On 1 November 2007 HSBC became aware that Mr. Wallace had commenced work with his new employer, another investment bank which competed with HSBC.
The Employment Contract also contained certain detailed provisions purporting to prohibit Mr. Wallace from, inter alia, working for a competitor for a period following cessation of his employment.
The period for which the restrictions applied was capped at 6 months, but such 6 month period was reduced by the amount of any garden leave served by Mr. Wallace. So, if Mr. Wallace were to serve 6 months' garden leave then the period during which the non-compete restriction would apply would be reduced to zero.
The Injunction Application
As soon as it came to the attention of HSBC that Mr. Wallace had, as a matter of fact, commenced employment with a competitor, HSBC immediately applied to the court for an urgent injunction. The injunction sought was to prohibit Mr. Wallace from working for the competitor on two grounds:
- that Mr. Wallace was still an employee of HSBC (due to the fact that his attempt to buy out his notice period under section 7 was wrong in law as section 7 did not apply to his contract), and
- in the alternative, Mr. Wallace was restricted from working for the competitor on the grounds that the relevant non-competition restrictive covenant was valid.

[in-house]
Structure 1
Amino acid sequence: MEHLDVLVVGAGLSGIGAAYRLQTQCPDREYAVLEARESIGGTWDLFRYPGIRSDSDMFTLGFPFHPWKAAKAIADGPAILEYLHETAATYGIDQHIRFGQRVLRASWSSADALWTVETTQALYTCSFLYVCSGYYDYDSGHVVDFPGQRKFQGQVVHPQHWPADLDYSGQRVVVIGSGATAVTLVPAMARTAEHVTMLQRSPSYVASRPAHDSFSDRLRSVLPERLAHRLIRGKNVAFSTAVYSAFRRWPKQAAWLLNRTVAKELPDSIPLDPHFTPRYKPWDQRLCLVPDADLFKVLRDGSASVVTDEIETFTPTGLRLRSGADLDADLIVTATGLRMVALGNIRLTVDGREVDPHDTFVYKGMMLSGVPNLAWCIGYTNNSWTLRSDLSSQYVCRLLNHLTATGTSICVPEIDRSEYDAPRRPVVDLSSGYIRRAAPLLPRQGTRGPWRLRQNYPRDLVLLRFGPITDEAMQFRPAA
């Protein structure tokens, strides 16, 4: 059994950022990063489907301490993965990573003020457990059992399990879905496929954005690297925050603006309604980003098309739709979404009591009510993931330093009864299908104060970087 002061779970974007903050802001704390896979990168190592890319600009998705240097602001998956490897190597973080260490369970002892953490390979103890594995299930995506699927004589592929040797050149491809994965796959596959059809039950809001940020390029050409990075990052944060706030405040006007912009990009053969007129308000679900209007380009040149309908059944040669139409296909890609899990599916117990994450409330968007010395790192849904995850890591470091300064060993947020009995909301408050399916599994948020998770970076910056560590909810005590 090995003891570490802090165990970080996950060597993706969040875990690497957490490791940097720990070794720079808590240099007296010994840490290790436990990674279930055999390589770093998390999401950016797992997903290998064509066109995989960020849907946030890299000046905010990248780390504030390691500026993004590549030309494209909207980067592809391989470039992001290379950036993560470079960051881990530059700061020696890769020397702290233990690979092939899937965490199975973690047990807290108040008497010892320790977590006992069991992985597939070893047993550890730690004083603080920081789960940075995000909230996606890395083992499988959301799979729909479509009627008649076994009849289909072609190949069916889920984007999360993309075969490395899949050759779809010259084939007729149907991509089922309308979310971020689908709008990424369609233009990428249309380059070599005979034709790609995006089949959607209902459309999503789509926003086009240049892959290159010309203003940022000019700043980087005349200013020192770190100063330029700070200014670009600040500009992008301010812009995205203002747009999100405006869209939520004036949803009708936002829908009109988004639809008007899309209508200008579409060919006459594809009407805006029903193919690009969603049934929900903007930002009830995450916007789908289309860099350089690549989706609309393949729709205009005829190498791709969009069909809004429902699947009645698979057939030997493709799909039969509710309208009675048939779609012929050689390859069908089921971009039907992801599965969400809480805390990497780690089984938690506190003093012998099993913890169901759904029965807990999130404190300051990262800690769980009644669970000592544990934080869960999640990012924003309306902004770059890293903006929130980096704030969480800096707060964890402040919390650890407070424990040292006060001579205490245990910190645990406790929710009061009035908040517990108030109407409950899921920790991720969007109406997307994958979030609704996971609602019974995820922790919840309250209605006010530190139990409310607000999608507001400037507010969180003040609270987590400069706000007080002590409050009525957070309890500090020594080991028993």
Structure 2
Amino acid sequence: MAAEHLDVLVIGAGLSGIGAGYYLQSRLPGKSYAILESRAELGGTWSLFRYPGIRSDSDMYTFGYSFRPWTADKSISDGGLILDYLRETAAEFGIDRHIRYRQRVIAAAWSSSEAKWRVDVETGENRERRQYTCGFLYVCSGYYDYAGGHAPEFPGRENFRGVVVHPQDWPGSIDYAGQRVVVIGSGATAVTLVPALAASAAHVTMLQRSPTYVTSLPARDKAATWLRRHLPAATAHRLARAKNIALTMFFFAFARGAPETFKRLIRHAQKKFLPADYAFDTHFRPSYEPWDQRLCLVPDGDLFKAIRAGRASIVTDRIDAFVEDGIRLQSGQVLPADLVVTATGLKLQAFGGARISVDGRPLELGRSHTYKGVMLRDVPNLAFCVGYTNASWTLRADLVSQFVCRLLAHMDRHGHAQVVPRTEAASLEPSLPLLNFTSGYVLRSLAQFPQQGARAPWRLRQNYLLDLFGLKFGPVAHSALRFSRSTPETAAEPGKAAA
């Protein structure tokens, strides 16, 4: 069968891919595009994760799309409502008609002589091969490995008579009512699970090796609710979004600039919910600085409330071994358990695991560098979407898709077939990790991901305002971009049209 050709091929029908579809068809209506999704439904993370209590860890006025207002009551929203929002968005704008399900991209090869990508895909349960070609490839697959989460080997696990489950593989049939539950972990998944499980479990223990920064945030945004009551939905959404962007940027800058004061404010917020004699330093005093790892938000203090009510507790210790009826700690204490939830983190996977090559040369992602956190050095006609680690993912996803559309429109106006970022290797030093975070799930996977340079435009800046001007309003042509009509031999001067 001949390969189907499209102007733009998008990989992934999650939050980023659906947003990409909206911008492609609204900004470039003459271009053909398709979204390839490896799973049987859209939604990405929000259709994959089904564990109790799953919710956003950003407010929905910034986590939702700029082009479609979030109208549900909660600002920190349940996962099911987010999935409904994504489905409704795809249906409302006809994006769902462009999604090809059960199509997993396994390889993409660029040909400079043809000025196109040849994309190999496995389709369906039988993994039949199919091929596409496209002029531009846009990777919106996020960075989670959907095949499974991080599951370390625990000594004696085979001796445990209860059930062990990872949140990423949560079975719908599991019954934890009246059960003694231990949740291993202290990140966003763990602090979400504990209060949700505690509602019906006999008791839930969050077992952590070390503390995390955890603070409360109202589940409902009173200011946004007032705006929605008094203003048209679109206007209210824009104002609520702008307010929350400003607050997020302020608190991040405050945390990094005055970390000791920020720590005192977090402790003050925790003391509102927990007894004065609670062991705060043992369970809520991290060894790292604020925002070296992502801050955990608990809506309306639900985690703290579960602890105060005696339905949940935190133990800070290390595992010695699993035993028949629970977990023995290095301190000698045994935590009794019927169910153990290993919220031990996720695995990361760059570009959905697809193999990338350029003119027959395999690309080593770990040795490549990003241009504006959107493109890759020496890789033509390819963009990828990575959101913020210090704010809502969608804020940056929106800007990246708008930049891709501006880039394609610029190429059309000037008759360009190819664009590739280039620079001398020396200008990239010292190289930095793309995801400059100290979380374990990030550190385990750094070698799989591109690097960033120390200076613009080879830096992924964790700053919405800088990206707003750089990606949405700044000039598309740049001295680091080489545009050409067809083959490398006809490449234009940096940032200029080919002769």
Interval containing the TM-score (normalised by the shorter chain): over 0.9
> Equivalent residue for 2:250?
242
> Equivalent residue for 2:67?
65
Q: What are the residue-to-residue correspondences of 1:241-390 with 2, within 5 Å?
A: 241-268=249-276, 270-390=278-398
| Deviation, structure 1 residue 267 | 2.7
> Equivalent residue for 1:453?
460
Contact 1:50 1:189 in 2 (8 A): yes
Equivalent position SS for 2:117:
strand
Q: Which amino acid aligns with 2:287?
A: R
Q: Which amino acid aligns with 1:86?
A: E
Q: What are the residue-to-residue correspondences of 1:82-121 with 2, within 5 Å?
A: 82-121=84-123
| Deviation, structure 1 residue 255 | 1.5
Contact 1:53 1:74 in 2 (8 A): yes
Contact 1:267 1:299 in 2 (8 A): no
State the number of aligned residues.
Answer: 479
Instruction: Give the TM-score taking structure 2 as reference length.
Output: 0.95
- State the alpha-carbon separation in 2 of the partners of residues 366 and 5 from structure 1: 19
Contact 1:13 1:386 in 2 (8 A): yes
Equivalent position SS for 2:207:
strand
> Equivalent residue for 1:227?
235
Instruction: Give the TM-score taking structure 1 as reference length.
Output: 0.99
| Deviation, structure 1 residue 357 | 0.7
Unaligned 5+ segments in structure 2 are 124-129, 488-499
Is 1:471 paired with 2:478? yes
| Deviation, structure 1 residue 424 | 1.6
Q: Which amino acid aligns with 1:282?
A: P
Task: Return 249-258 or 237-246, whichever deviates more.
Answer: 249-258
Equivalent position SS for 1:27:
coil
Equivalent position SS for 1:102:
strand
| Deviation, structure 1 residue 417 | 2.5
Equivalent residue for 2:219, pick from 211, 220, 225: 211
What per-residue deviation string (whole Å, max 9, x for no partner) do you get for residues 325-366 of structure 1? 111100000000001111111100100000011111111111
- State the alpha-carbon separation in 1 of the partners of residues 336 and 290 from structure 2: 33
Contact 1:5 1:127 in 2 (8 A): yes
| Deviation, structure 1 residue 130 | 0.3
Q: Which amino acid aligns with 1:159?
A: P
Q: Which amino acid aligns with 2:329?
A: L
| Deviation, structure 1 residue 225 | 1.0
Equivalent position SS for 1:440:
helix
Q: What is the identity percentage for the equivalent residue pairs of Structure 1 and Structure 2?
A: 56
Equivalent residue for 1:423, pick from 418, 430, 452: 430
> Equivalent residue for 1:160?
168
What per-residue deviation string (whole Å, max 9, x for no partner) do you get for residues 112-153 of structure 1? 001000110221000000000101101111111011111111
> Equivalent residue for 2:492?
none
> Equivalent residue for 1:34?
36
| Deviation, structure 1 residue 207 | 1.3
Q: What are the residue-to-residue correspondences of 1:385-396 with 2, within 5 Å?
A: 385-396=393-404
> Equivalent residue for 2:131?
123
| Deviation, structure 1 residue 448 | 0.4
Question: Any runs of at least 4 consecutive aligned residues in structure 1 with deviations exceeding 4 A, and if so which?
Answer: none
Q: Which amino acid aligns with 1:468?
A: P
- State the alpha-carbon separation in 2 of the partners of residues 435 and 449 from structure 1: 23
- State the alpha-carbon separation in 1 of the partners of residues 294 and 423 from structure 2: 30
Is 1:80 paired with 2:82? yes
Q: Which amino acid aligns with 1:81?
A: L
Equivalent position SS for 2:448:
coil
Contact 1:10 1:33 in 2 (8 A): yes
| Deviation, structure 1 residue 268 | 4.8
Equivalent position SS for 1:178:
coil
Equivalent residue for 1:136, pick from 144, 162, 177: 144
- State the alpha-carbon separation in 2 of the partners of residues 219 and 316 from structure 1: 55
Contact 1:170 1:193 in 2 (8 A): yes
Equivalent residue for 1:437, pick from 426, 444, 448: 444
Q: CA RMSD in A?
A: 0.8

The Courts (Deputy Judge Gill) agreed with HSBC on both counts. As such Mr. Wallace was held to still be an employee of HSBC. In addition Deputy Judge Gill determined that the non-compete restriction was valid and, therefore, operated to prohibit Mr. Wallace from working for any competitor. Due to the fact that Mr. Wallace had already worked for the competitor for a period of 6 or 7 weeks prior to the time of the injunction hearing, the Court held that the period during which he was working for a competitor could not be considered "gardening leave" for the purpose of reducing the period during which the non-compete restriction would apply. As such the court determined that the period during which the non-compete restriction should apply should extend to March 2008.
Points To Note
Whilst it is rare in Hong Kong for financial institutions to have recourse to the courts in settling disputes of this nature, this case is a clear demonstration of the power of court proceedings in cases where there has been a flagrant disregard of contractual obligations.
From a technical perspective perhaps the most interesting aspect of this case is the finding by the Court that section 7 Employment Ordinance did not operate to protect an employee who was employed under a contract governed by an offshore law. This is the case even where the entirety of the contract has been performed in Hong Kong. Deputy Judge Gill did, however, clarify that this would only be the case where was a genuine and true connection with the offshore jurisdiction (i.e. it would not be possible for a person to argue that the Employment Ordinance did not apply in respect of a Hong Kong employee recruited in Hong Kong by a Hong Kong company).